A BOXING coach is making the final preparations with his athlete for the Olympics – just months after spending weeks in hospital battling Covid-19.
Tony Davis, from Darlington, who is a former England international and is now head coach for Bahrain, almost died after getting the coronavirus in March this year, testing positive just a few days after discovering he had succeeded in getting his athlete qualified for this year’s Olympics in Tokyo.
The father-of-two has previously been honoured as a hero following the Westminster Bridge terror attack after coming to the aid of PC Keith Palmer, who was stabbed and killed in 2017.
He came down with covid in March after travelling to a competition in Turkey with super heavyweight Danis Latypov – the first boxer from Bahrain to ever qualify for the Olympics.
He tested positive following a routine check, only showing symptoms after several days in an isolation hotel. After taking a turn for the worse, he ended up in hospital in Istanbul.
He was there for 11 days but due to growing concern for his health, his family managed to move him to a private hospital where he was admitted to intensive care for six days.
“It was atrocious,” he said. “If I hadn’t moved hospital I think I would have died.
“I was so ill and I wasn’t getting any better. It came to a point I was starting to lose it. People were disappearing from the ward and they weren’t going home. I called my wife to say I had to get out and she contacted the Bahrainis who got in touch with another hospital.
“The doctor called my wife and said if I didn’t move from the hospital I wouldn’t make it.
“I ended up being blue lighted across Istanbul. I can’t remember much but I was able to Facetime my wife and she thought I was calling to say goodbye. I was straight into ICU for six days and then I started to respond to the treatment.”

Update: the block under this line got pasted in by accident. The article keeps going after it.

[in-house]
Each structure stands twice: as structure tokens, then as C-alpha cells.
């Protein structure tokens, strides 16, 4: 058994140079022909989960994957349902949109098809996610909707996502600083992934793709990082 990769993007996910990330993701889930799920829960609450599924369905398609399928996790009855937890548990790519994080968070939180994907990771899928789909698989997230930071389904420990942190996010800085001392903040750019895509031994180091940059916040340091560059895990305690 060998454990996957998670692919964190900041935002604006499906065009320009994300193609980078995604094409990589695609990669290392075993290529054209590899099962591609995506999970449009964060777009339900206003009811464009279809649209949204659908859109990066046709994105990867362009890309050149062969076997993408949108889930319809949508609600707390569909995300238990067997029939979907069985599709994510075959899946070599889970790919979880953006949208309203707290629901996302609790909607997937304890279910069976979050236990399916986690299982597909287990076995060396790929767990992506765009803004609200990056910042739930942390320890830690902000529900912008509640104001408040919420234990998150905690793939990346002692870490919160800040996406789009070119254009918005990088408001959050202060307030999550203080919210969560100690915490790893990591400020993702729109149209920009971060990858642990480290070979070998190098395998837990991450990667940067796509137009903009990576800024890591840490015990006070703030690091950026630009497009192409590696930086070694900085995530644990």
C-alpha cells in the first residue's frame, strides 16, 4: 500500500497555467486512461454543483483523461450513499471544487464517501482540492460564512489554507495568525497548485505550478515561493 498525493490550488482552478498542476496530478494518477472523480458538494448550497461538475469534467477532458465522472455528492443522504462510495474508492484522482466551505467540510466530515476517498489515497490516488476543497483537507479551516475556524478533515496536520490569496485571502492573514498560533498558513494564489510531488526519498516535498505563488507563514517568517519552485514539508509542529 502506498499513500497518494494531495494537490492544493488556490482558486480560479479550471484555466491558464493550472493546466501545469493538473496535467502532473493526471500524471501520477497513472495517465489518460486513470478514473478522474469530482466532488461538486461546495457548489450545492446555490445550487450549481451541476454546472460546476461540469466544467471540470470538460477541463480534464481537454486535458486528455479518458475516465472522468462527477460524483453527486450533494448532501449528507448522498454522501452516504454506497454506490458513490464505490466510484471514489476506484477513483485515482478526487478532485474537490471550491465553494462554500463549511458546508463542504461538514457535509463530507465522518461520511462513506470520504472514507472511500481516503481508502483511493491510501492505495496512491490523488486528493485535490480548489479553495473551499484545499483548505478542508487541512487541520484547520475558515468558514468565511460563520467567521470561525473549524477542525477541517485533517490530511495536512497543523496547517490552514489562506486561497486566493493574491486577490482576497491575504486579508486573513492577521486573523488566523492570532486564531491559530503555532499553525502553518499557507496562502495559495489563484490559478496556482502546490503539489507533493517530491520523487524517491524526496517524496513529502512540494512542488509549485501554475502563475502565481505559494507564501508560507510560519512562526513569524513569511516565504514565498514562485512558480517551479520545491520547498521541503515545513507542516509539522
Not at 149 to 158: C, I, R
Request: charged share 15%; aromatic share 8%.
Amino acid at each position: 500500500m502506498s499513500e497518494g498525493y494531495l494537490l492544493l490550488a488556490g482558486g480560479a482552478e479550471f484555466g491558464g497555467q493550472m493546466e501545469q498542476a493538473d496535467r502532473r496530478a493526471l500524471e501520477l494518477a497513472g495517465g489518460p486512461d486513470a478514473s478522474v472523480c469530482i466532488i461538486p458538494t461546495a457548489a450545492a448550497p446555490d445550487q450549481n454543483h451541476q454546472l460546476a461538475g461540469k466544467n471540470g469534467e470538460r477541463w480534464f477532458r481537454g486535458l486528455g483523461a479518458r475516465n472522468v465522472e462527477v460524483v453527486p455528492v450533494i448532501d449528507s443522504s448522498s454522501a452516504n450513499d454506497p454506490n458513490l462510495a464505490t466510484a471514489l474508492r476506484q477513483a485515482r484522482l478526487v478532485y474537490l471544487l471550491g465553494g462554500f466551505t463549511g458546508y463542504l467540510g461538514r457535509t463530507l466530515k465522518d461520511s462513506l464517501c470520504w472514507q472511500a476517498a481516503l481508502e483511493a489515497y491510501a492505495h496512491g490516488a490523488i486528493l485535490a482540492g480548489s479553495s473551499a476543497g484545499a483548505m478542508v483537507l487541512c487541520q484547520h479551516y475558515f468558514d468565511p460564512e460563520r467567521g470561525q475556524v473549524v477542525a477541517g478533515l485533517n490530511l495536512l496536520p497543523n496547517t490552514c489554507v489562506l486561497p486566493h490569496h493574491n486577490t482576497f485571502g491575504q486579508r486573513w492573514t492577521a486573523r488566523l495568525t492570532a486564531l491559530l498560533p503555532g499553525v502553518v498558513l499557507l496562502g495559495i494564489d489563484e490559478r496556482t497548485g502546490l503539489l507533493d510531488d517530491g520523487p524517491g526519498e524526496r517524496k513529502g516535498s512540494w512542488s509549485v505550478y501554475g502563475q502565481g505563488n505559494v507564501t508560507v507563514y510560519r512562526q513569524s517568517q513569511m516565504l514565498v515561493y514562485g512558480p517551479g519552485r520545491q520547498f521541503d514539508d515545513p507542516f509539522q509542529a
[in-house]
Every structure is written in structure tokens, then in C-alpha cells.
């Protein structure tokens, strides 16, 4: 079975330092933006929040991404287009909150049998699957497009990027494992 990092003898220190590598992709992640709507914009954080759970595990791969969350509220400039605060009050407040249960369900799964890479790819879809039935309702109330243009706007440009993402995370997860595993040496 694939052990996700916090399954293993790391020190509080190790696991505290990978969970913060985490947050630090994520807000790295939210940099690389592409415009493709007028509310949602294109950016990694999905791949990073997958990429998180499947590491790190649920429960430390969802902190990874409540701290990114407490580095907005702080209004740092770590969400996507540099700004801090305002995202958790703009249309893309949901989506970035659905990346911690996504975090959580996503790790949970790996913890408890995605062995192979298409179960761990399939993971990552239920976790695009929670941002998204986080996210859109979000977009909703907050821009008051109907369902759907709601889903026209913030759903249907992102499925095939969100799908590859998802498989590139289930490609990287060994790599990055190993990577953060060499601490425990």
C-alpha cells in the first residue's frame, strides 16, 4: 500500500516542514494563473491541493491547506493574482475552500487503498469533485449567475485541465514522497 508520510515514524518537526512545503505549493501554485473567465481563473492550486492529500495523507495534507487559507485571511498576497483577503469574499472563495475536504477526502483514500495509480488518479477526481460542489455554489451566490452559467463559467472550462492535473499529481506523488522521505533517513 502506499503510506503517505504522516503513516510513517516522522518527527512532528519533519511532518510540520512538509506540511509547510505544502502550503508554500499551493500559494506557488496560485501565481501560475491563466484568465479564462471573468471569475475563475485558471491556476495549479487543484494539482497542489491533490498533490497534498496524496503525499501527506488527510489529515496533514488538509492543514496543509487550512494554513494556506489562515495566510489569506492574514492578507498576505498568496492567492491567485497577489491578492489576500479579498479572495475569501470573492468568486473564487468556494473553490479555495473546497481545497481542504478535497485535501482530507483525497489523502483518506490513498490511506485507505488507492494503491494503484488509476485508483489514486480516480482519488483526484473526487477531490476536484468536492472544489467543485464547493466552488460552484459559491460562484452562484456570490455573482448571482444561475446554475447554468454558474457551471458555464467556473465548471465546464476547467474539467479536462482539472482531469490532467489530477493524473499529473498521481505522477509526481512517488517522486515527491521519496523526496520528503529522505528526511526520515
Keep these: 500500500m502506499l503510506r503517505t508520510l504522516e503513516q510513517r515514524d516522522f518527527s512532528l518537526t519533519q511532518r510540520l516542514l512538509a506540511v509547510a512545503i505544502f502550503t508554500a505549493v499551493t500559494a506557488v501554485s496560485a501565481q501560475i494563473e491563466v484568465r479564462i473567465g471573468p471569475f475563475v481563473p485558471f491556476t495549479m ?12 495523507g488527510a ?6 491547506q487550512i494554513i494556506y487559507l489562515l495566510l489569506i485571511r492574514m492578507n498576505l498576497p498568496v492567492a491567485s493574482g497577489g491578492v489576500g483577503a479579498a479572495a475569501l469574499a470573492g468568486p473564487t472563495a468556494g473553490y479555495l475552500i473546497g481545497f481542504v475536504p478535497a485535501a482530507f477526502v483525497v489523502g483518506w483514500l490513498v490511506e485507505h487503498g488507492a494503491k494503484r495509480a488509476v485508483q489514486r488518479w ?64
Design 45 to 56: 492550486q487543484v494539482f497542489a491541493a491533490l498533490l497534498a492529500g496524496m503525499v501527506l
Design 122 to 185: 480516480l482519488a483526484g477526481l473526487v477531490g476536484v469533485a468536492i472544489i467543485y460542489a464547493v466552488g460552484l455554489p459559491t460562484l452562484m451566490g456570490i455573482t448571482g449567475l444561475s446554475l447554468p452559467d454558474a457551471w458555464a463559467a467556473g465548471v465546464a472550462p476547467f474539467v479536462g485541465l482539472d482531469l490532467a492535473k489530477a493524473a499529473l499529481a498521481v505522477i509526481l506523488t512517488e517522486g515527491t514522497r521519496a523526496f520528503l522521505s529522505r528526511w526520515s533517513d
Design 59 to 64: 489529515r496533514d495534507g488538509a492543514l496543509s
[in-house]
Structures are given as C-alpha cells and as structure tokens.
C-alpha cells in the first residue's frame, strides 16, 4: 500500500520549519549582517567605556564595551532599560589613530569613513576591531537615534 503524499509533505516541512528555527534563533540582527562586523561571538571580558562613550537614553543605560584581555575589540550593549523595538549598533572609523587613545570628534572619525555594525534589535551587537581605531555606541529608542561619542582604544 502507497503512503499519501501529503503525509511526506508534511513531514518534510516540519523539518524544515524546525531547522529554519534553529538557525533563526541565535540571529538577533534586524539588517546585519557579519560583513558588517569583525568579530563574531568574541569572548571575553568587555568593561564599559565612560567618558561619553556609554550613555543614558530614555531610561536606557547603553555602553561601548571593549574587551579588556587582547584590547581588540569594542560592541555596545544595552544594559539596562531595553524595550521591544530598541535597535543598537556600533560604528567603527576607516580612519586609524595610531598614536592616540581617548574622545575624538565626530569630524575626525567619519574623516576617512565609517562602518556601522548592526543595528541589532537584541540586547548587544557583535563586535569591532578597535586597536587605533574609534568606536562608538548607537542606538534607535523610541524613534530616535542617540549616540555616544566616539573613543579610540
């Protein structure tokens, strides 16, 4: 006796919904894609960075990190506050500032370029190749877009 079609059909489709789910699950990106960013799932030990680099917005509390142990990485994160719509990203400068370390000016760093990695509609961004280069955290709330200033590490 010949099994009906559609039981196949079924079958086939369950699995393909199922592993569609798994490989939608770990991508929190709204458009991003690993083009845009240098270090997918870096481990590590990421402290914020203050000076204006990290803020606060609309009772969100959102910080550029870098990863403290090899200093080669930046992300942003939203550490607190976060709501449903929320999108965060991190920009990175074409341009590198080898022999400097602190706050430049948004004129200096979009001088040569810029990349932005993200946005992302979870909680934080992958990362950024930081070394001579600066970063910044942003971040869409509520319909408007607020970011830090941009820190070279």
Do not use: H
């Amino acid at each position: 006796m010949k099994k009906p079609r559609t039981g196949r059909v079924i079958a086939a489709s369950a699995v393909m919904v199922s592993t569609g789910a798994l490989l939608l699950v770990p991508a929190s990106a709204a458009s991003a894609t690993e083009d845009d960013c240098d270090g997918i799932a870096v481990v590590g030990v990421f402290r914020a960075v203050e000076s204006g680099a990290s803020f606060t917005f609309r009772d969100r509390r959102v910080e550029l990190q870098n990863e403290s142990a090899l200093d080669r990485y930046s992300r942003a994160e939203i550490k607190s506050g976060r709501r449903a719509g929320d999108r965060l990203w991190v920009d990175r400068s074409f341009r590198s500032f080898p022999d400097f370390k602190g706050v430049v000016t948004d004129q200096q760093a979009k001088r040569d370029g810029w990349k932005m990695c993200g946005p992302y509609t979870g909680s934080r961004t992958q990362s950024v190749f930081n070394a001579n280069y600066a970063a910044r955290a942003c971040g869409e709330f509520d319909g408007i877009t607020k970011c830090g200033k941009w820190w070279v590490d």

Mr Davis, who celebrated his 47th birthday during his month-long hospital stay, lost 15kg while he was ill and is still struggling with side effects.
Despite the illness, he was keen to return to work as soon as possible ahead of the Olympics.
He added: “I’m just glad I’m here and I’m thankful to the people who looked out for me.”
“Covid is no joke. A lot of people still think its just whatever or just like the flu but if you had what I had then God help you.
“It was the scariest time of my life.
“Being such a fit guy and active guy, to be struck down was just horrendous. I’m still not able to carry out my job the way I was. It’s going to take a bit of time.
“I’m still having after effects of being tired and fatigued and I’m probably going to have some long term effects that is probably not good for the future. It’s day to day stuff, the brain fog is on a different level.
“It affects people in different ways. It’s a bit like Russian roulette.”
The games, which are due to start on July 23, will be his first after failing to qualify as an athlete.
He said: “It’s not going to be like any other Olympics. I know the Japanese public don’t want it to happen but there are a lot of things involved. You’ve got to think of the athletes around the world – this is the pinnacle of their lives. I do think they have to happen. There are a lot of protocols in place. I think the Japanese will have it controlled to an excellent standard.When they walk out in the opening ceremony it will be a proud moment for people around the world.”
Latypov, who is making his final preparations for the games, is competing in the super heavyweight division.
Mr Davis added: “It will be tough. You’ve got the best boxers in the world in that division. But anything can happen. I think I’ve given the best preparation.
“It would be great fun to medal but its going to be tough. If he goes there and does himself proud that’s all I care about.
“Anything can happen – it’s boxing.”